I wouldn't be here today if my great-grandfather hadn't injured his leg!
Hi, I'm David Plowright, responsible for lighting, projection and sound for The Pitmen Painters. This excellent play about a real-life group of miners and their search to expand their world reminds me that I wouldn't be here if my great-grandfather hadn't injured his leg, which meant he was not down the pit on 12 December 1866.
His family - fourth generation miners at least - had only just moved to Barnsley from Ingleton after that pit flooded. But three of his brothers, his father, uncle and cousin, died in a huge explosion that day at The Oaks Colliery. Final death toll: 361, the highest in any English mine disaster.
None in that family went down a mine again. With the pit closed, the employment prospects in Barnsley were desperate. Two more brothers died of disease within 10 years. Determined to find something better, sister Sarah emigrated alone, aged no more than 17, to New Zealand. Brother James - a miner turned stone mason - emigrated with his wife and family to Sydney. Prominent Methodists and teetotalers, in total 12 of their 13 children died before adulthood, but they remained adamant in their beliefs to the end. My great-grandfather's escape to a better life was not by training as an artist, but as a village school teacher. Though looked down on socially by the worthy school governors (and rebuked for keeping hens on school premises), he was clearly well respected by the villagers, and held in 'esteem and regard' by the vicar. His wife, son, two daughters and two granddaughters followed him into teaching.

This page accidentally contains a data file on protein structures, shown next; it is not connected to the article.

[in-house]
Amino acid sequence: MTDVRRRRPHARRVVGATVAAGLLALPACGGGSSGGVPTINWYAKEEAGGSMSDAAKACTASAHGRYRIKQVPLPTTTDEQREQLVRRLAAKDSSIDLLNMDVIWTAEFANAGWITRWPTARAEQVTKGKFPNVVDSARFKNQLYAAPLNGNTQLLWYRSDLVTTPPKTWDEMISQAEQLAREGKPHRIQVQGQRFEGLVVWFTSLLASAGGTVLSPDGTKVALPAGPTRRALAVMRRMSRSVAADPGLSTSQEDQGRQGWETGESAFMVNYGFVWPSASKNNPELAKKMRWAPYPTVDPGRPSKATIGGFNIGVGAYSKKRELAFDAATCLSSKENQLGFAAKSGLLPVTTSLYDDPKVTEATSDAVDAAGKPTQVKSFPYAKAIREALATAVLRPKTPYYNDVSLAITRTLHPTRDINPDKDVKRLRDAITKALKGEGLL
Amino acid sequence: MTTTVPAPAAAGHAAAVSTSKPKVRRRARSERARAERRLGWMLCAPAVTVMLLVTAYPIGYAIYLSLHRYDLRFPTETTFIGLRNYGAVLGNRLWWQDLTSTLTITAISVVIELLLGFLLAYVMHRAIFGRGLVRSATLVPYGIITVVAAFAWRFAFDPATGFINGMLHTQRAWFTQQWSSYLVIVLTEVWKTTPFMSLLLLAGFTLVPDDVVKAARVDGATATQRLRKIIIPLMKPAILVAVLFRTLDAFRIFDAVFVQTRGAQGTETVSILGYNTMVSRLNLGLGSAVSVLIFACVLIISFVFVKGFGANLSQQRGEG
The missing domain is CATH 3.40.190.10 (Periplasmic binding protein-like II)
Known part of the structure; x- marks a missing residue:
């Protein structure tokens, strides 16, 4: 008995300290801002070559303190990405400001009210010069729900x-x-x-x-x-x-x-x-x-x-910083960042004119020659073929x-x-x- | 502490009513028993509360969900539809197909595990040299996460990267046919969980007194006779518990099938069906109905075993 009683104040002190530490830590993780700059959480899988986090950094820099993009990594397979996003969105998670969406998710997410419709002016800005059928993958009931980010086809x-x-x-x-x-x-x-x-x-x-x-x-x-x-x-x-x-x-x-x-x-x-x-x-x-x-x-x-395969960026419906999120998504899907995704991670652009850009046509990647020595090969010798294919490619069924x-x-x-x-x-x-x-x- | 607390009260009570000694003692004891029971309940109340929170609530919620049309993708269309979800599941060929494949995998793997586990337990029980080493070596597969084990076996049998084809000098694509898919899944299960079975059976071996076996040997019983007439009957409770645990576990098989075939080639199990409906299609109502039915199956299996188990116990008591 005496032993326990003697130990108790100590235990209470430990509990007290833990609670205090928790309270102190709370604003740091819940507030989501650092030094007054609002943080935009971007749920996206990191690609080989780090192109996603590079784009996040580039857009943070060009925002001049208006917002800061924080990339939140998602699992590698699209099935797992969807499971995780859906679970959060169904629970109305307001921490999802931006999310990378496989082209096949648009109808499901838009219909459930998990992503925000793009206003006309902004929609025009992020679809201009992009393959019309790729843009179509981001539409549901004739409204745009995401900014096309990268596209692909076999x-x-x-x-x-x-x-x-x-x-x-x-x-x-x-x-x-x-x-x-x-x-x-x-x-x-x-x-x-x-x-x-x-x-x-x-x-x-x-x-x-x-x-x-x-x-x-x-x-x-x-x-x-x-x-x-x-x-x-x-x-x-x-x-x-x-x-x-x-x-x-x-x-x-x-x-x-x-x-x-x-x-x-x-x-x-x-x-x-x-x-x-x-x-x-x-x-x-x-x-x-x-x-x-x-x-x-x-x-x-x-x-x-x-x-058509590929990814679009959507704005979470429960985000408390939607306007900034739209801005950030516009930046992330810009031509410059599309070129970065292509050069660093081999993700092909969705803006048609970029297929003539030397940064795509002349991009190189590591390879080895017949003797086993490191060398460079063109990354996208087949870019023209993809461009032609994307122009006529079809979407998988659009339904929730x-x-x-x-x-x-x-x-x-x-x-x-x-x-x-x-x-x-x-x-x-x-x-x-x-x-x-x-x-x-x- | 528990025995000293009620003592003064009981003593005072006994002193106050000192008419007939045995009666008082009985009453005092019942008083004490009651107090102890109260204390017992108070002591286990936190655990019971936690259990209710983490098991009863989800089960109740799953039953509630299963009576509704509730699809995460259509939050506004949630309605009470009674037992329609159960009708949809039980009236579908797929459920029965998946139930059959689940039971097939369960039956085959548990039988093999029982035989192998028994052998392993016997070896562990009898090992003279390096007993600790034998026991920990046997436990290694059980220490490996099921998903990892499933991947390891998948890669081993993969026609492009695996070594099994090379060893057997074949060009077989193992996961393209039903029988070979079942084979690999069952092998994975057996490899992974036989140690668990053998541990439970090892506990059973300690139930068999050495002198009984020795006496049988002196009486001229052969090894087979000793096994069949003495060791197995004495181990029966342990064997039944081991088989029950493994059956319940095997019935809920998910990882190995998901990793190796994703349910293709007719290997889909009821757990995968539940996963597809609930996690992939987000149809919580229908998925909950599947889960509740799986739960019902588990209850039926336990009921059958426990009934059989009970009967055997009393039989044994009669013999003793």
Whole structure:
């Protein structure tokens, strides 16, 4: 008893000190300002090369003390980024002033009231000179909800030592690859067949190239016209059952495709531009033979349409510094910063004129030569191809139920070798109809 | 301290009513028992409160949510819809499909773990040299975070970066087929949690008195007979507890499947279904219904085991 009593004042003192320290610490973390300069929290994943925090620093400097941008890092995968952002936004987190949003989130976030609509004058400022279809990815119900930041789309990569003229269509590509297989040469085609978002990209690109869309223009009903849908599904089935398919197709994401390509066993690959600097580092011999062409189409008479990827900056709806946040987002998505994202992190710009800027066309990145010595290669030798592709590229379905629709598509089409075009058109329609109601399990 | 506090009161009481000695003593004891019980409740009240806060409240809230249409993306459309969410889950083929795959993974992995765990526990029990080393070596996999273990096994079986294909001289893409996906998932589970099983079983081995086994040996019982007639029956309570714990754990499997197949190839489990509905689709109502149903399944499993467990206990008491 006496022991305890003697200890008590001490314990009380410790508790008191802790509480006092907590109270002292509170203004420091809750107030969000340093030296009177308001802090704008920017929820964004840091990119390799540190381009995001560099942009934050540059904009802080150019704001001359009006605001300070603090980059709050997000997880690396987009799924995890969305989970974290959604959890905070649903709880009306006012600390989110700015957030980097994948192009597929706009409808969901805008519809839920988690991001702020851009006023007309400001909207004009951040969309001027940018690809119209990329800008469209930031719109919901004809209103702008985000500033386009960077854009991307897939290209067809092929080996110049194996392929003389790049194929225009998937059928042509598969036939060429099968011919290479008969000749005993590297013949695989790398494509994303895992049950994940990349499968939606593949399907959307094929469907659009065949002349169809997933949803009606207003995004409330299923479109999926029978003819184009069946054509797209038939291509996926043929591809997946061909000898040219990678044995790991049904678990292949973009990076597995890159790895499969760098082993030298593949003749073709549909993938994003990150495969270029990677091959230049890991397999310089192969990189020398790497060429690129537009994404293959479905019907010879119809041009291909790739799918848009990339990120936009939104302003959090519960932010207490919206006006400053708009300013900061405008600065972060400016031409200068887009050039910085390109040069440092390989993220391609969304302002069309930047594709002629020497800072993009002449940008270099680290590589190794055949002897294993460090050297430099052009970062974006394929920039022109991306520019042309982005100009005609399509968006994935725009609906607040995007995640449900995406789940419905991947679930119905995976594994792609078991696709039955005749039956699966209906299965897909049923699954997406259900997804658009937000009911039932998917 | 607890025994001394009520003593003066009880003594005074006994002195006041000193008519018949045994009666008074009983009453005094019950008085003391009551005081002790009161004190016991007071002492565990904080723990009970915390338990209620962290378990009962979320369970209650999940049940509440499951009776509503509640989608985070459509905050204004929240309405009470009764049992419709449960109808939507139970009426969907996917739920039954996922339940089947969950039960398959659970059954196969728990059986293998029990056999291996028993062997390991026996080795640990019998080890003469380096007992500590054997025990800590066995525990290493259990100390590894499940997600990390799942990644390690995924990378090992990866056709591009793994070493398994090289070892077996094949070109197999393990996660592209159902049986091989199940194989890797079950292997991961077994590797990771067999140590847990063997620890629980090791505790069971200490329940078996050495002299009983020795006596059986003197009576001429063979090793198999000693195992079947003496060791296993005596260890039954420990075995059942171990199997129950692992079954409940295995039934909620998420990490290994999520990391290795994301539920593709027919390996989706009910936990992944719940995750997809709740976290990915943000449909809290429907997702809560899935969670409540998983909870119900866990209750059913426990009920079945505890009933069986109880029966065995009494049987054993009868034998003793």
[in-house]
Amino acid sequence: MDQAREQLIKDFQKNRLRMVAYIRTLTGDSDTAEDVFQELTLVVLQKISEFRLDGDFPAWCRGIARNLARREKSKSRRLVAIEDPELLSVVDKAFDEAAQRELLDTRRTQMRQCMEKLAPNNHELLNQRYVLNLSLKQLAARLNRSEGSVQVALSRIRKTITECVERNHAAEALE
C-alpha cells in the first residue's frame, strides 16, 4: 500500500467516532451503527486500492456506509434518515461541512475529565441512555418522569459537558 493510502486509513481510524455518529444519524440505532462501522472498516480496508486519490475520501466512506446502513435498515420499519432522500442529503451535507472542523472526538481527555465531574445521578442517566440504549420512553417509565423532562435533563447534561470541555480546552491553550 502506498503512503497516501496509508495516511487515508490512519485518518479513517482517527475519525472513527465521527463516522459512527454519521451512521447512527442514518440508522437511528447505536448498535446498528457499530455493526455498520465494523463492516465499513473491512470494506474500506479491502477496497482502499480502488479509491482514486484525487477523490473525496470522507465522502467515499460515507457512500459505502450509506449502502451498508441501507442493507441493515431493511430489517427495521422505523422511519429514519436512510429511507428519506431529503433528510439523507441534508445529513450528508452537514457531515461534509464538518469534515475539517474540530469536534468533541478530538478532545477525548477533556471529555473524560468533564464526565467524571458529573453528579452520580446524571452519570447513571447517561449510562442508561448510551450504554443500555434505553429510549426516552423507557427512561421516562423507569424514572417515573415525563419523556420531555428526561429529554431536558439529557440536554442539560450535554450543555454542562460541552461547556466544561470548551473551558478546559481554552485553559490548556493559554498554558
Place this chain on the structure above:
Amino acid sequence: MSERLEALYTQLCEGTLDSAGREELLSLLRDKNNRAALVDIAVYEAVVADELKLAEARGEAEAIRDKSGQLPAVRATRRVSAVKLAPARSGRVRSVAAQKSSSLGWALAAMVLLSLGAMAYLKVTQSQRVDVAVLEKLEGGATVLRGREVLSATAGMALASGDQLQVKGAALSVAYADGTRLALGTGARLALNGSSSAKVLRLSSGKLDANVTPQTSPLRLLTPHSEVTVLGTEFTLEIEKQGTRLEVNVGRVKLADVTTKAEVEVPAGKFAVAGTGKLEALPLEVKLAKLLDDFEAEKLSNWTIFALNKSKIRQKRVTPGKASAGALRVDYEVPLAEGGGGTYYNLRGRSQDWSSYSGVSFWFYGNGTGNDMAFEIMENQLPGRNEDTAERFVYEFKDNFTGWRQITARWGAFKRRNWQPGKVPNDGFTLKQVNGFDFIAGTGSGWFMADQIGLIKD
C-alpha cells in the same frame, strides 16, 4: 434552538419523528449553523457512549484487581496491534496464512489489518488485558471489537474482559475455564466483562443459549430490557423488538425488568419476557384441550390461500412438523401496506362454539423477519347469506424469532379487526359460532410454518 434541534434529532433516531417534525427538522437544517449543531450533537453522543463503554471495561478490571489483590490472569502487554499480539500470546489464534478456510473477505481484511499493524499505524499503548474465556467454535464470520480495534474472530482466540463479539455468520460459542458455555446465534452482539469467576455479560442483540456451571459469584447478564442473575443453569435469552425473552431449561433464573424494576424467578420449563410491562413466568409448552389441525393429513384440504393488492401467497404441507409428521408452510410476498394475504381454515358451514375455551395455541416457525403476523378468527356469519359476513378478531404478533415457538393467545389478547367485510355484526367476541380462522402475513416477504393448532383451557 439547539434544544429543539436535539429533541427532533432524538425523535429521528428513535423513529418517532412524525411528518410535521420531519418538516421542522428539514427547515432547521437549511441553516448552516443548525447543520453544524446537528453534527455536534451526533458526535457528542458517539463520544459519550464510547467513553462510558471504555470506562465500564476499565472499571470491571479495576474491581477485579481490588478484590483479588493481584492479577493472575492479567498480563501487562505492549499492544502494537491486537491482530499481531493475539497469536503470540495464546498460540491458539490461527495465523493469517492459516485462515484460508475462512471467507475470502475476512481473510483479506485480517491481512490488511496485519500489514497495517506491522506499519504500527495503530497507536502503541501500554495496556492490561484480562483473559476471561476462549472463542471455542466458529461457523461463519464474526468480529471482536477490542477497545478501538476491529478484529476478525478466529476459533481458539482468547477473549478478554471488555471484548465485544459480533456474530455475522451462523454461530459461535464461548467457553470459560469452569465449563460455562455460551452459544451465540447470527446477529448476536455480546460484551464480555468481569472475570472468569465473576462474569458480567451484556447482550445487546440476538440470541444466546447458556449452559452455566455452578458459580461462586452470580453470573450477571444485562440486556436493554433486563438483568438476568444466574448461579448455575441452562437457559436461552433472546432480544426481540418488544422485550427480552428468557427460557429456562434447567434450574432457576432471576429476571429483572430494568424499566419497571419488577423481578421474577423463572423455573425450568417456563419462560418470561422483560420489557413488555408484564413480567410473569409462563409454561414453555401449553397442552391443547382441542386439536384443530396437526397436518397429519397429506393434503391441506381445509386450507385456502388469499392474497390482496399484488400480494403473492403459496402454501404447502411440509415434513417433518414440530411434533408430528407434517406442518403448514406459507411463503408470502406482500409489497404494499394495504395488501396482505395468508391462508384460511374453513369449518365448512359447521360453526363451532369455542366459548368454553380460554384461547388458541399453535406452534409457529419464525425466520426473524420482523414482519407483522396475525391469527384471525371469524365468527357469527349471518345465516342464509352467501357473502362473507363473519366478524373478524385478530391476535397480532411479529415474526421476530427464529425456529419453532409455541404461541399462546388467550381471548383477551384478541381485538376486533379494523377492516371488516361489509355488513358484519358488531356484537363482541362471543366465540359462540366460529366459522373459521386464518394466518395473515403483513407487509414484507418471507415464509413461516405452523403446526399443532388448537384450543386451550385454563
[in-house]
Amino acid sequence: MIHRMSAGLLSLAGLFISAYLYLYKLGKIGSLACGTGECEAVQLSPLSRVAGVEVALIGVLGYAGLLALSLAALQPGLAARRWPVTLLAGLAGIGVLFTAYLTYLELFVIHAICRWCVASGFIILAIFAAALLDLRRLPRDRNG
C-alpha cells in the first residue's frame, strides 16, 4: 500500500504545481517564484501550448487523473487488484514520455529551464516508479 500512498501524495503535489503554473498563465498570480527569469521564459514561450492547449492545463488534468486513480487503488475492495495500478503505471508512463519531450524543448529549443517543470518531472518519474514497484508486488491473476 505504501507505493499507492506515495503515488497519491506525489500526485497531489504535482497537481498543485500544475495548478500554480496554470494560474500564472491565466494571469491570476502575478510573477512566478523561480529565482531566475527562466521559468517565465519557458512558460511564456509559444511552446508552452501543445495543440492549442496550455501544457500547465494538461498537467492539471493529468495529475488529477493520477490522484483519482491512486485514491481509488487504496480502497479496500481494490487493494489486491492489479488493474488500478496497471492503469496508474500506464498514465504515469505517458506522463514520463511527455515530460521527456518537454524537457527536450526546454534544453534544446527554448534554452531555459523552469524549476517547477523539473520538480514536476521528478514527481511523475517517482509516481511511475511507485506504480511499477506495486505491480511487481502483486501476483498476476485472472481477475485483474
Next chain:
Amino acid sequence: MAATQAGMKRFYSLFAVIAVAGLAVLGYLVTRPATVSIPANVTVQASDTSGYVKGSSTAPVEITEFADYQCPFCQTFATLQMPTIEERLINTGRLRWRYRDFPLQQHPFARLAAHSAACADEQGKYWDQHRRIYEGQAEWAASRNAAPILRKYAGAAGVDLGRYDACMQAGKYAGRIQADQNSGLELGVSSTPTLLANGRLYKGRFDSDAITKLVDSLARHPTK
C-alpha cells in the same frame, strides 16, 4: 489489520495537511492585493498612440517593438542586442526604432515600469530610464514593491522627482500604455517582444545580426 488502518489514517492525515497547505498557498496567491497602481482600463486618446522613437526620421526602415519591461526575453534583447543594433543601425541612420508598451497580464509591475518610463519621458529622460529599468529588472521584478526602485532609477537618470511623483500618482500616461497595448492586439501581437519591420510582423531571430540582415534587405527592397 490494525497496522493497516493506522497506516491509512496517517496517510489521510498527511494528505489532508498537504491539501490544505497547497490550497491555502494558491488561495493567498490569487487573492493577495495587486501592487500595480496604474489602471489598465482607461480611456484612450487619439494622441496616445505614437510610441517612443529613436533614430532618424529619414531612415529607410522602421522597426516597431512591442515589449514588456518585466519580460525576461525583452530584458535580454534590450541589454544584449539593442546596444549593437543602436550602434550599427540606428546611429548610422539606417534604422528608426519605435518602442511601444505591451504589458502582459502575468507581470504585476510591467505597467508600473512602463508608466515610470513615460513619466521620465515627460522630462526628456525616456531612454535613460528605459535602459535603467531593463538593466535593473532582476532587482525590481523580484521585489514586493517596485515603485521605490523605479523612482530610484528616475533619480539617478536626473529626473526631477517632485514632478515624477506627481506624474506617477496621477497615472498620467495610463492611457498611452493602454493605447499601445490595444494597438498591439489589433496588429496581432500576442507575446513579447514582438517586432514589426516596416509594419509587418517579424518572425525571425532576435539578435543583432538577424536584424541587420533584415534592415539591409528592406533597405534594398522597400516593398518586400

The picture above is not of me as an objectionable infant, but of the clay model for a bronze statue of a widowed miner's wife, cast to commemorate the 150th anniversary of the Oaks disaster in 2016. At the service, the Miners' Hymn 'Gresford', was played, as it is on our stage in our play. A wonderful, evocative piece, which makes the hairs on my neck stand up whenever I hear it.
Come and experience for yourself the humour, energy and creativity of this artistic group of Northern miners some 70 years after The Oaks. Don't miss it.
‘The Pitmen Painters’ will be performed by the Saddleworth Players at the Millgate Arts Centre, Delph, from 24 November until 1 December. Tickets £9 (£5 students) from our
David Plowright, Nov 4, 2018